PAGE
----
My grandparents, Walkie and Hicks, had the best back yard ever. If you walked out their back door and across an alley, you were standing in Albion Park, which had a big grassy playground with swings, a slide, a merry-go-round, and monkey bars, and a beach right along Lake Michigan.
© Aughty | Dreamstime.com – Classic Bronze Baby Shoes Photo
The day I got my first pair of baby shoes, my godmother, Fabulous Auntie Jill, took me out for a walk down to the lake. When we got to the beach, she met a friend of hers and stopped to chat. But I didn’t. I was in Lake Michigan up to my eighteen-month-old knees before Jill realized I wasn’t standing beside her. Needless to say, those shoes fell apart before they could be bronzed.
© Monkey Business Images | Dreamstime.com – Group Of Children Having Fun In Playground Together
We’d go over to Walkie and Hicks’ house for lunch sometimes and stay through nap time. I’ve already discussed my aversion to naps, so my brothers would have their nap and I would try to stay out of trouble. One day after lunch, they were in the park and I was sitting with Walkie and my mother on their back porch, from which we could see my brothers playing. They were running around and having a good time, and my mother decided she’d let them play until they came in, then she’d put them down for a nap.
Well, one of my brothers (I won’t say which) was out in the park and realized he had to go to the bathroom, and he knew that, if he went in, Mom was going to put him down for a nap. So he stood beside the swings, pulled down his pants, and went wee-wee.
Of course, Mom, Walkie, and I were watching this whole scene unfold. “OH MY GOD!” Mom shouted, and she was out the back door like a shot. I, of course, thought this was hilarious, both the sight of my brother relieving himself in the middle of the park and my mother dashing across the alley and into the park to grab him, and couldn’t stop laughing. Nor could Walkie, who tried her best to get me to stop laughing as she was herself trying to stop before my mother got back, a little brother in each hand.
Albion Beach, now Hartigan Beach Park (Source: Chicago Park District)
Walkie died on New Year’s Day 1962, and not long after that Hicks remarried and moved out of the apartment on Loyola Avenue. While we no longer had the advantage of having relatives with easy access to the beach (until a few years later, when my Aunt Jinx and Uncle Cas moved to an apartment on Loyola), we still went to Albion Beach pretty regularly. There was noplace more comfortable when it was hot out, because it was always about five degrees cooler at the lake than anywhere else in town. This story is somewhat related, as it involves Albion Beach.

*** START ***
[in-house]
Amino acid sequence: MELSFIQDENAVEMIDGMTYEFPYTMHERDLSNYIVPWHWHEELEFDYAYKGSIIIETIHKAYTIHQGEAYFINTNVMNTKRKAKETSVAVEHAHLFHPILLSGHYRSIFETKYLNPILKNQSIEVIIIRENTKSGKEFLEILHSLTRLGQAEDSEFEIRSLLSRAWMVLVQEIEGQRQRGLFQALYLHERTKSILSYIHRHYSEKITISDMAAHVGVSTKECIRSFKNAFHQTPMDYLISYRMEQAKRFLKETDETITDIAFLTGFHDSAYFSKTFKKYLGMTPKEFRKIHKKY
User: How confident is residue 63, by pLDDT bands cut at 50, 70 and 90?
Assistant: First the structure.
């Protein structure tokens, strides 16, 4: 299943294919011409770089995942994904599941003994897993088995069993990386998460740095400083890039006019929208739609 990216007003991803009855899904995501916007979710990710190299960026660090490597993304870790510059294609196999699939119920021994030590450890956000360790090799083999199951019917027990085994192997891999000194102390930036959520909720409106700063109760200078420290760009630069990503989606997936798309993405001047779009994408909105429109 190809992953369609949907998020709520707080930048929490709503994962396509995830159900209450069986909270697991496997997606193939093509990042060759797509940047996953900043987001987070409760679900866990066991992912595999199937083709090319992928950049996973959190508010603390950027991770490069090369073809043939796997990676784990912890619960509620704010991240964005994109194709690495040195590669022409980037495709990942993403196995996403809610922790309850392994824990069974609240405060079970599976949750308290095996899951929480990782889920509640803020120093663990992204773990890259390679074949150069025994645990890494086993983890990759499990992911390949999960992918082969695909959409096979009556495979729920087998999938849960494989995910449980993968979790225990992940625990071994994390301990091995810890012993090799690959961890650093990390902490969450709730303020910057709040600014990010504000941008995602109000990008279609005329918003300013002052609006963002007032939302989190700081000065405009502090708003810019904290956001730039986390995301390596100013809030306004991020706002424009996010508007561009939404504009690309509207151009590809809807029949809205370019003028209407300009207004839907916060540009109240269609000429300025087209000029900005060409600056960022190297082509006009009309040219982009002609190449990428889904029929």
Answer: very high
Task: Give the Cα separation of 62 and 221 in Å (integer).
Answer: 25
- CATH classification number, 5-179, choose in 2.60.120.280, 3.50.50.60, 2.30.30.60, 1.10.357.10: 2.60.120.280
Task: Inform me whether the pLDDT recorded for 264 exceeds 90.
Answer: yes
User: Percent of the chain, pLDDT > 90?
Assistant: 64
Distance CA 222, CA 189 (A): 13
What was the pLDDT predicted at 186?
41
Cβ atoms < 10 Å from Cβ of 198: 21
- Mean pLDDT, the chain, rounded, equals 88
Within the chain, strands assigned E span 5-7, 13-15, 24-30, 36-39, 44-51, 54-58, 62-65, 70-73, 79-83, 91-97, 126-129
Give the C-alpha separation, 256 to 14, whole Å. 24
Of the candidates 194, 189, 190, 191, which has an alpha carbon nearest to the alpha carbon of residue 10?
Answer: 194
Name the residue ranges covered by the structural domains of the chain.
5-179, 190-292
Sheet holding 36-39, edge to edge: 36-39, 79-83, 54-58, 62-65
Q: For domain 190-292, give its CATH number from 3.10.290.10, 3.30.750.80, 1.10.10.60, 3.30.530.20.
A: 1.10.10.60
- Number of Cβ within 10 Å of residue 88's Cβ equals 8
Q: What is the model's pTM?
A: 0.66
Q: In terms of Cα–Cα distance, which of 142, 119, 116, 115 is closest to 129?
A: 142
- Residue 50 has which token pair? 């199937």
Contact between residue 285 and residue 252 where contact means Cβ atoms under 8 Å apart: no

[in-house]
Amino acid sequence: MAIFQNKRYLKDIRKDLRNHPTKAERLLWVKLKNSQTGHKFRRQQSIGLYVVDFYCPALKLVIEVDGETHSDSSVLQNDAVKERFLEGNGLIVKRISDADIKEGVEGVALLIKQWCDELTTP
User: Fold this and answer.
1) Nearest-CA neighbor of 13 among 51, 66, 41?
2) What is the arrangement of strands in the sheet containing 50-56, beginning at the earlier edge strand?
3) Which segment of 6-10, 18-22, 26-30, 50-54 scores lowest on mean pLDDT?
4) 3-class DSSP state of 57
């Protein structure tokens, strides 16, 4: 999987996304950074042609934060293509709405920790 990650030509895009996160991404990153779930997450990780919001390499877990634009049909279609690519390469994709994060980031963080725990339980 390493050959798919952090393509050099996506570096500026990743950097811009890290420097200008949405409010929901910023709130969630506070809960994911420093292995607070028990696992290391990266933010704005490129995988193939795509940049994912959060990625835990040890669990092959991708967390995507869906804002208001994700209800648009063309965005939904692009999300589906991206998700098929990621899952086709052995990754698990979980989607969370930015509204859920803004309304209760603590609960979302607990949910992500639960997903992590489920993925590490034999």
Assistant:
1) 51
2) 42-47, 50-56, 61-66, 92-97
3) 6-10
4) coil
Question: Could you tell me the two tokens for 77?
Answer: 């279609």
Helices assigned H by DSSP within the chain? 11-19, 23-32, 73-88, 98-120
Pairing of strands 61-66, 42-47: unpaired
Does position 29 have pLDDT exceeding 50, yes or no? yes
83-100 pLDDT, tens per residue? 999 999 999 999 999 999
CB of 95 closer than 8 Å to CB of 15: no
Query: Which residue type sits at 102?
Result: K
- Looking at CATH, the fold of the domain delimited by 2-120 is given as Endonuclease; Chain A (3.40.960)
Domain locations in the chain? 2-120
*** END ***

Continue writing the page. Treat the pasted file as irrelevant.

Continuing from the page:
We moved to Glenwood Avenue at the beginning of my second grade year (1963). The key feature of the apartment, as far as my mother was concerned, was the huge air conditioner in the living room. The first hot day of 1964, around Memorial Day, she turned it on, and the cool air rushed out of it. By the end of the day, it was blowing hot air. Mom was frantic. She just had to get someone out to fix the air conditioner, without which she would surely perish, even though we had lived up to that point without it. She spoke with Mrs. Rabbitt, the landlady who lived downstairs, who assured Mom she would call the repairman and get him out as soon as she could.
Nowadays, when you call for service (e.g. the cable company), they give you a day and a four-hour window as to when the service technician will be at your house, ready to work. In those days, the window was “he’ll be out in the next week or so.” Mom resolved not to budge from the apartment until the repairman had come and fixed her precious. Which meant that Dad and the three of us would have to join in her vigil.
Saturday came, and naturally we all wanted to go to the beach, because it was close to ninety degrees, but Mom was adamant. “We have to wait until the man comes to fix the air conditioner,” she said.
“But Mom, it’s Saturday! He’s not going to come today!” I really wanted to go to the beach, and so did Jimmy and Kippy and, as it turned out, Dad.
“They said he’s real busy and is working through the weekend to catch up,” she said confidently. “He’ll be here soon.”
At about one that afternoon, Dad said, “Bunny, the boys want to go to the beach, so I’m going to take them. You can wait here if you want, they’re driving me crazy.” As I recall, there was some discussion, but finally Mom not only agreed to let him take us, she decided she would go with us, too.
We went to the beach and stayed most of the afternoon there, and when we got back, there was a “SORRY WE MISSED YOU” tag on the front door from the air conditioner repairman.
It’s been over fifty years since that happened, and I think I figured it out: the air conditioner repairman must have been sitting across the street for several days, watching our apartment until we all left, then run in and hung the tag on the door…
Hope you enjoyed today’s installment of Wednesdays for My Wife!